Performance of ABR for treating complex (soluble and colloidal) dilute wastewaters Semi-skimmed milk (soluble feed), dry dog food and rice (colloidal feed >500 μm), and trace chemicals COD: 500 mg L−1 29
Evaluation of a novel biosensor for BOD measurement using HCF(III) as a mediator OECD synthetic sewage (also adapted by the EPA): peptone, meat extract, urea, NaCl, CaCl2·2H2O, MgSO4·7H2O and K2HPO4 BOD5 of solution: 14[thin space (1/6-em)]000 mg L−1 30–32
BOD values from 15 to 200 mg L−1 used to show sensor response
Evaluation of pH effect on anaerobic solubilization (hydrolysis/acidogenesis) of synthetic and domestic sludge Dry dog food Protein: 21%, fat: 8% and Fiber: 5% 33
VS: 90% of TS; VSS: 30[thin space (1/6-em)]000 mg L−1
Study of bacterial adaptation in aerobic MBR treatment of synthetic domestic wastewater Gelatin, starch, Tween-80, yeast extract, casamino acids, NH4Cl, NaHCO3, Na2HPO4, KH2PO4, MgCl2, CaCl2, and SL7 trace mineral solution 34
Performance of a microaerobic MBR and anaerobic granular sludge domestic wastewater treatment Sugar, potato starch, peptone, meat extract, urea, NH4Cl, KH2PO4, MgSO4·H2O, CaCl2·H2O, FeSO4·H2O and trace metals COD: 500 ± 46–214 ± 30 mg L−1 35
TN: 45.1 ± 2.2–18.9 ± 0.4 mg L−1
Performance of an AnMBr for dilute wastewater treatment Glucose, peptone, meat extract, urea, and NaHCO3 COD: 460 ± 20 mg L−1 36
Evaluation of alternating pumped sequencing batch biofilm reactor performance Glucose, yeast, extract, dried milk, NH4Cl, urea, Na2HPO4·12H2O, NaHCO3, MgSO4·7H2O, MnSO4·H2O, CaCl2·6H2O and KHCO3 CODt: 346 ± 32 mg L−1; CODs: 319 ± 25 mg L−1; TN: 33 ± 1.3 mg L−1; P: 18 ± 2.7 mg L−1 37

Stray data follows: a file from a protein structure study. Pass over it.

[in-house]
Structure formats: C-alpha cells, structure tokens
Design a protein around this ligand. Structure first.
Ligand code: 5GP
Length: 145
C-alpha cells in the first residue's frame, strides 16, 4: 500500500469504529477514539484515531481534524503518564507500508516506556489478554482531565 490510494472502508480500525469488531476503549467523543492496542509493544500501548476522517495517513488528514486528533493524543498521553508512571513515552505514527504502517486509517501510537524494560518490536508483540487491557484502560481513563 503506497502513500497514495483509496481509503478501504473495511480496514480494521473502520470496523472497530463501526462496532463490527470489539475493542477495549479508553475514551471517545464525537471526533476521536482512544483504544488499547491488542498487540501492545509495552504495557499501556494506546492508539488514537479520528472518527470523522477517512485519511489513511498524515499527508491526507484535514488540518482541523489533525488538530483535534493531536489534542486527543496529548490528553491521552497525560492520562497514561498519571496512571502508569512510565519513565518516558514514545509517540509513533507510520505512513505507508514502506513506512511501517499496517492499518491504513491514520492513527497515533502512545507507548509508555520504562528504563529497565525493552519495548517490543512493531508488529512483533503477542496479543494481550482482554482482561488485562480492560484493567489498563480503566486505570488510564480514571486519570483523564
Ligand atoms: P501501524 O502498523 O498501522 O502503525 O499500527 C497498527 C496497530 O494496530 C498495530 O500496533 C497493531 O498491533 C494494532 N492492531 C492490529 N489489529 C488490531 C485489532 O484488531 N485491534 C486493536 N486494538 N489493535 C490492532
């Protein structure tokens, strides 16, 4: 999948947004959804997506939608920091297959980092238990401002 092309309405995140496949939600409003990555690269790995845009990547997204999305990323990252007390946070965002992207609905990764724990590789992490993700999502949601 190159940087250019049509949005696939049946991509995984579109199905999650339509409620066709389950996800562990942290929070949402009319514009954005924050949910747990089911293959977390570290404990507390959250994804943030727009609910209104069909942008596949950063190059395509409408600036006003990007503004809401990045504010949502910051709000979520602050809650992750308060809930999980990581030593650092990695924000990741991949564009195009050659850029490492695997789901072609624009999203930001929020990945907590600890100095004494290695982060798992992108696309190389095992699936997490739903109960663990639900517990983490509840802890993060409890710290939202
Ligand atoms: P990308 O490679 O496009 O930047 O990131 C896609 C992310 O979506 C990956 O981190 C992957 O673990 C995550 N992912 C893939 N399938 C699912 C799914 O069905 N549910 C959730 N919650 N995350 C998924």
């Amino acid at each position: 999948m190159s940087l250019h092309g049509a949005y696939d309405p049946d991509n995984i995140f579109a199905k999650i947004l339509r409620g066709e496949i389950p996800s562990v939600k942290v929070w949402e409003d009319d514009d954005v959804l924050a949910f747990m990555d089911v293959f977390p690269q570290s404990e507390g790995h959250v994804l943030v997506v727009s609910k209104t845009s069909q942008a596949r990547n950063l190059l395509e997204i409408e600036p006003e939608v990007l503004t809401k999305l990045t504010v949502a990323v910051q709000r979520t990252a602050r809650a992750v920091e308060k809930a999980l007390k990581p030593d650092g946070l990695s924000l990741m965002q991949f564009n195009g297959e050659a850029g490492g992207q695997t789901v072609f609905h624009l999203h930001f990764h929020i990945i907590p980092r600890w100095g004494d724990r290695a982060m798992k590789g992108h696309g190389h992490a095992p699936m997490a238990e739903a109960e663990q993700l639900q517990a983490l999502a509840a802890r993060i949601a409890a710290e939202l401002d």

Evaluation of biofouling in attached and suspended growth media MBR Glucose, soy starch, NH4Cl, KH2PO4, CaCl2, MgSO4·7H2O, FeCl3 and NaHCO3 COD: 500 mg L−1 38
COD/N/P ratio: 100/10/2
Performance improvement of an aerobic MBR system by ozone gas backwashing as fouling control Glucose, poly-peptone, NH4Cl, CaCl2·2H2O, FeCl3·6H2O, MgSO4·7H2O, NaHCO3 and KH2PO4 BOD: 250 mg L−1, alkalinity: 270 mg CaCO3 L−1, NH4+-N: 22.3 mg N L−1, TN: 42.3 mg N L−1, TP: 6.8 mg P L−1 39
Evaluation of the degradation of non-ionic surfactants by activated sludge's bacterial community Peptone, yeast extract, urea, NaCl, CaCl2·2H2O, MgSO4·7H2O, K2HPO4, KH2PO4, and nonylphenol ethoxylates (NPEs) COD: 190 mg L−1 40
Determination of optimal carbon source in a SAAR/AR (sequencing anoxic/anaerobic and aerobic reactor) Acetate, propionate, glucose and methanol. Combinations of VFAs at different ratios. COD from 250 to 400, TN from 5.2 to 6.2 and TP from 9 to 41 41
Assessment of the fate of PPCPs in aerobic MBR treating domestic wastewater AcNa·3H2O, NH4Cl, Na2HPO4, KH2PO4, NaHCO3, and PPCPs 42